THE IMPORTANCE OF PICTURE BOOKS, NO MATTER YOUR AGE
by Janice Milusich
Like a magnifier you hold in your hand when you want to view something up close, picture books provide a focus onto a specific moment, a particular happening, or emotion, or imagining. In picture books, things that often go unnoticed are given their due. And together, the reader and the listener travel a path made of words and pictures. The words in picture books are chosen carefully and placed precisely so as to pull at heartstrings, make minds curious, create a sense of tension, or of triumph, let minds wonder or imaginations soar. The illustrations of picture books enrich the audience’s understanding and sensibility. Their poignant immediacy, lets the reader and audience fully appreciate the marvel of the world or worlds they will visit via the book they’ve chosen.
Why are picture books important for young readers/listeners?
Picture books are important for the young, for a myriad of reasons. As a child’s first guide into the worlds of art and literature they’re what encourages children to develop and grow. Picture books are an important first step in learning to read, and explore new ideas. They portray language, they evoke emotions, and the imagery found within them provides a conduit to the world of imagination.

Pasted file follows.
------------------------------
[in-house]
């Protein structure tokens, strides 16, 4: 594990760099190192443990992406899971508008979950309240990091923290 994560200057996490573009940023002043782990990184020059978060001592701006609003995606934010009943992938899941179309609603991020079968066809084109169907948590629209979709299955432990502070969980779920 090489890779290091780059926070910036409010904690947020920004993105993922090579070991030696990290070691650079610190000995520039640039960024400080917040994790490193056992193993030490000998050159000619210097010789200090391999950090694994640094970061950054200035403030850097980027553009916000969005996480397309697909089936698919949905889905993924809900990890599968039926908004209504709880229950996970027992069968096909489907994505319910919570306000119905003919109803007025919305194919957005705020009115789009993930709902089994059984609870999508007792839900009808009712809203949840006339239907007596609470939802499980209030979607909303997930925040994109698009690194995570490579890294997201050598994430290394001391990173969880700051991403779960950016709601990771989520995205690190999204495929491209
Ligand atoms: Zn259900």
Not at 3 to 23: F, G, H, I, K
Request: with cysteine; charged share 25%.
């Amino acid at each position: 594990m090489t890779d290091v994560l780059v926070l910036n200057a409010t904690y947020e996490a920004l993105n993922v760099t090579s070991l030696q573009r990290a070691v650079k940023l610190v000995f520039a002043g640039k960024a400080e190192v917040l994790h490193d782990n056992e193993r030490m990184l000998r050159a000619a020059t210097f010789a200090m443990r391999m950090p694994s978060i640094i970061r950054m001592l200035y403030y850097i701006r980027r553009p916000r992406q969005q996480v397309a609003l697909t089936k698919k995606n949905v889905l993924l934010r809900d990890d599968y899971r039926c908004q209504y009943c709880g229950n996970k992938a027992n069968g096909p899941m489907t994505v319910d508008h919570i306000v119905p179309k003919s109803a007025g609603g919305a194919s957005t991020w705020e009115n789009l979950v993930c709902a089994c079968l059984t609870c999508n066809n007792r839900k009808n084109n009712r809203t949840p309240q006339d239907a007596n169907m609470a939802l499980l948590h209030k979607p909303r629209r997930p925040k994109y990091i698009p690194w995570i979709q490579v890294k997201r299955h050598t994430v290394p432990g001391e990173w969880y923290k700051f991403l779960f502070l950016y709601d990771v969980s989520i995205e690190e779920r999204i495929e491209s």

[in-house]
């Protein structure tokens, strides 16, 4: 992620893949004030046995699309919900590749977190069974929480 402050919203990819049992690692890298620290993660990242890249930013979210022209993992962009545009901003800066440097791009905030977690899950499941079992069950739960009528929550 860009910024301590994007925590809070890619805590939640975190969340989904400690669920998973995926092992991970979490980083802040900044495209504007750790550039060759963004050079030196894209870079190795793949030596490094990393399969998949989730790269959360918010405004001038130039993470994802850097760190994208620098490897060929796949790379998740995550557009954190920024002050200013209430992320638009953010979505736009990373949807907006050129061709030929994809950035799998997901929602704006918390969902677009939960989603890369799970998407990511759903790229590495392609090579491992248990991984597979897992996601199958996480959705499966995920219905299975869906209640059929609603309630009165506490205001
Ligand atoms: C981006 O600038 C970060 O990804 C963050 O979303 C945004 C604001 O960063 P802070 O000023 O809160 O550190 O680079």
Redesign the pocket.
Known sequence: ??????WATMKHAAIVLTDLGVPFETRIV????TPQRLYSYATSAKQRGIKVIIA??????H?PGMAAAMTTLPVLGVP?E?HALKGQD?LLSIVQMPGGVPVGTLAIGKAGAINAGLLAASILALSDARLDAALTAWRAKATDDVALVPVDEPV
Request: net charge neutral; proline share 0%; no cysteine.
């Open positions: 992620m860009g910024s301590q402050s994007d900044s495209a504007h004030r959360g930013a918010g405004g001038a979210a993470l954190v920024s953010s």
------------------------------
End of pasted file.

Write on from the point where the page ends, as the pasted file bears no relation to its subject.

Picture books frame childhood. They contain characters and situations that are recognizable to children. Through hearing or reading picture books, children can figure out a way to cope, to comprehend, to behave and to relate to the world around them.
Why are picture books important for older readers?
For siblings, parents and grandparents, picture books are moments of shared experience. The words and images within a picture book allow age boundaries to be crossed with comfortable ease. In the sharing of a picture book, the reader and the audience often take something different away from what would seem the same experience. But it is in the sharing, that both reader and audience have something in common.